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I'll admit this right up front. I don't get Republican math (not to mention Republican science, or Republican thinking in general, but one thing at a time). They say the only way they'll pass an extension of emergency unemployment benefits is if it is "paid for." They don't care that the long-term unemployment rate remains higher than at any point since the Second World War. Nor do they care that every dollar spent on unemployment insurance pumps $1.49 into the broader economy, in other words it halfway pays for itself. Yet Republicans demand that the spending be offset elsewhere in the budget.

So what's happened so far? First, Democrats offered up an extension of cuts to Medicare providers. Nope, said, Senate Republicans, and they filibustered that proposal. Now, apparently, there's a new proposal out there, something called "pension smoothing," that allows companies to put less money into their pensions than they are supposed to in the next few years—thus increasing their profits and, subsequently, the amount they pay in taxes. Then they have to make up the difference down the road, which will reduce profits and taxes paid in the long run, according to the plan. Over the all-important ten year budget window (that's the amount of time the Congressional Budget Office uses to score budget legislation), this measure would likely produce revenue for the federal government, providing the "pay for" Republicans demand. But, in the long run, pensions might be underfunded, and the government won't actually see an increase in revenues as the losses cancel out the gains of the early years.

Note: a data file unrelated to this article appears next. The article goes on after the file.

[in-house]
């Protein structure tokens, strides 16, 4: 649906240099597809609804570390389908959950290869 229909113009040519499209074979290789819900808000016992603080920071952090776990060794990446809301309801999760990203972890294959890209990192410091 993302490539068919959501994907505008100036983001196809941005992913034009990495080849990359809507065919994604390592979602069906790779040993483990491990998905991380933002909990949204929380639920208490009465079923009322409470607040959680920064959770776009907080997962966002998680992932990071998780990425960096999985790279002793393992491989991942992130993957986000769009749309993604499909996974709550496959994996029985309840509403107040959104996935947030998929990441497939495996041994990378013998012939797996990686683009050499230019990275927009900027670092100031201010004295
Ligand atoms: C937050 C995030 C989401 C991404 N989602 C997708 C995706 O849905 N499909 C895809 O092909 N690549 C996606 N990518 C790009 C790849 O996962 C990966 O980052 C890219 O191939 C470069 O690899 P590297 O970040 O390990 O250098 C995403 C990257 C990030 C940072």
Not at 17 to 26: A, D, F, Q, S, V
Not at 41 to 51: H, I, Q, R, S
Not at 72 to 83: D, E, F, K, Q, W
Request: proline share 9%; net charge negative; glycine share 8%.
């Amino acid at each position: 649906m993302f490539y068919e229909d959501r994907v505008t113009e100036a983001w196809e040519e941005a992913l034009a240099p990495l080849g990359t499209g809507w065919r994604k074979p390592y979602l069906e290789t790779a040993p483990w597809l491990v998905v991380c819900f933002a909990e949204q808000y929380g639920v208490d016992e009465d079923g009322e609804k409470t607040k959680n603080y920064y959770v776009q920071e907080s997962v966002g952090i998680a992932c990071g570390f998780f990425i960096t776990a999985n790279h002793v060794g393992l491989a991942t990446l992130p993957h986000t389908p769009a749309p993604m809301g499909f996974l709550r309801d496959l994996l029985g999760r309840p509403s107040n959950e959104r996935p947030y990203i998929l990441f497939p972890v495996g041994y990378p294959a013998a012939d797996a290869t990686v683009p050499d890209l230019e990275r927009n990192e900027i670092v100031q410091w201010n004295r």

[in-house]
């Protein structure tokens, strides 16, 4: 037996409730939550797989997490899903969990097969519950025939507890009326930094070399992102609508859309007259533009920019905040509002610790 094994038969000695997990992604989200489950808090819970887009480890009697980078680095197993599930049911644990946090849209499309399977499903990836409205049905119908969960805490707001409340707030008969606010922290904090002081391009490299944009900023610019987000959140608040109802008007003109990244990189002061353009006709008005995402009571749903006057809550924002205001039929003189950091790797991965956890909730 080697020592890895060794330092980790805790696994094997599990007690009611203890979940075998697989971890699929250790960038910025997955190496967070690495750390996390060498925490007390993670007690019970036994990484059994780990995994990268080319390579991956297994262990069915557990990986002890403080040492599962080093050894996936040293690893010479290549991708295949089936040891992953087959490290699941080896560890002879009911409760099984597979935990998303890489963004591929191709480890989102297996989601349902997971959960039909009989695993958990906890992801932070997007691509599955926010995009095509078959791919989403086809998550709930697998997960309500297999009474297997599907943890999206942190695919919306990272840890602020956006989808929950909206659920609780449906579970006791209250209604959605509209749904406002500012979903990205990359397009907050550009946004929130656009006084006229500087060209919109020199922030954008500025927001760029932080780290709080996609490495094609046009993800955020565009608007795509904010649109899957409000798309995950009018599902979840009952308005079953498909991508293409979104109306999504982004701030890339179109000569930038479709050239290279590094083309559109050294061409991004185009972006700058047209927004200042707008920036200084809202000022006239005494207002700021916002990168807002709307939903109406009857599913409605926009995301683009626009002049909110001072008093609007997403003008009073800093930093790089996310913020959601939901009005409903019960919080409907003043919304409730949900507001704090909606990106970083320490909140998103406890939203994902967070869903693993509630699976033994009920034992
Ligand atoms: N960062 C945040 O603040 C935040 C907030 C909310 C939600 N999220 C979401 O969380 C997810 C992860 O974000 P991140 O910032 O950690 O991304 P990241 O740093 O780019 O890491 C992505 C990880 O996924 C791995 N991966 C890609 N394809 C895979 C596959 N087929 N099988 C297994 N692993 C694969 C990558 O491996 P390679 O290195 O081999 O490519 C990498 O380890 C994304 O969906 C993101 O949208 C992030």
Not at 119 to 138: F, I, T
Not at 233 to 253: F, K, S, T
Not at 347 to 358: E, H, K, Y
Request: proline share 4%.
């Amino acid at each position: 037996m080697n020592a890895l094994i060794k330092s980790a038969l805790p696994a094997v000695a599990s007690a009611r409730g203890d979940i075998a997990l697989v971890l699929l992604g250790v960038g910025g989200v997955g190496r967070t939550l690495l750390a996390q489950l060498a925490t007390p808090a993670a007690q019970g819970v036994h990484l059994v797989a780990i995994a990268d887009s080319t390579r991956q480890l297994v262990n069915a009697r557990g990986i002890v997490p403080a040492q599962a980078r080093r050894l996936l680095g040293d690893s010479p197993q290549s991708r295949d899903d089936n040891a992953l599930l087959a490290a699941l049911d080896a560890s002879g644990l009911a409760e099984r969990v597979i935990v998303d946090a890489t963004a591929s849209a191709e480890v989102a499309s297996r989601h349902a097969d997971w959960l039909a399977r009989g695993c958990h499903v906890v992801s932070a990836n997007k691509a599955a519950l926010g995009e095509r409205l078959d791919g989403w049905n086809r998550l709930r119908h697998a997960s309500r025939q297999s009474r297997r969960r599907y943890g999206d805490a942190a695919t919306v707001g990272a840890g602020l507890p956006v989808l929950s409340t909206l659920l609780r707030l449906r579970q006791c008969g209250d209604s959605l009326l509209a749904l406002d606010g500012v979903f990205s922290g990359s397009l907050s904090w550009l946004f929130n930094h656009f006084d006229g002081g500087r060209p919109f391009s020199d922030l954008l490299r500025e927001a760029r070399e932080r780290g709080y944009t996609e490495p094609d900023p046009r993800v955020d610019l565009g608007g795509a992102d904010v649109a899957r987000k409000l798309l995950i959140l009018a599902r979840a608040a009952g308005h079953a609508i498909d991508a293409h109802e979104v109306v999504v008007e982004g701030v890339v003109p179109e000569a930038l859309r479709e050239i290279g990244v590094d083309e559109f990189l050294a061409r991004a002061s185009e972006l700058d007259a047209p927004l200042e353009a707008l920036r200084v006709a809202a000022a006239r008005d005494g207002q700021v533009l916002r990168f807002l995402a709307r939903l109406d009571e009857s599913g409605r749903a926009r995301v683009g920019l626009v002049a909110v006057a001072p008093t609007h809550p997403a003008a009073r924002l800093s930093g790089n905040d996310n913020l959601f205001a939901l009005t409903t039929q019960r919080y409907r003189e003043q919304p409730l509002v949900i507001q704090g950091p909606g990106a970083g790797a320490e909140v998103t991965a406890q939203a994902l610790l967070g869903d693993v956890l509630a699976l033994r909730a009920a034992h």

From what I've read, the proposal sounds gimmicky, but I'll admit the finer points are beyond my level of understanding regarding these things. I'm not an expert fudger of numbers. It might pass, given that Republicans have proposed pension smoothing as a legitimate "pay for" in other recent legislation. Hey, it's better than cutting food stamps. But all this would be just to get an extension of emergency unemployment benefits through the Senate. Who knows what it would take to get it through the House? If House Republicans don't think they'll pay a price, they can just ignore any bipartisan legislation out of the Senate.

Still, what really irks me is that Republicans love to demand that certain things be paid for, while other things need not be. Here's a question on that front: who is paying for the Republican government shutdown of last fall, an act of supreme hubris and stupidity that cost our economy $24 billion. Yes, I know it's not the same thing, as the $24 billion wasn't a direct cost to the government. But the direct cost is somewhere in the billions. Do you hear the Republicans talking about paying for that? I don't.

Let's explore the reasons why below the fold.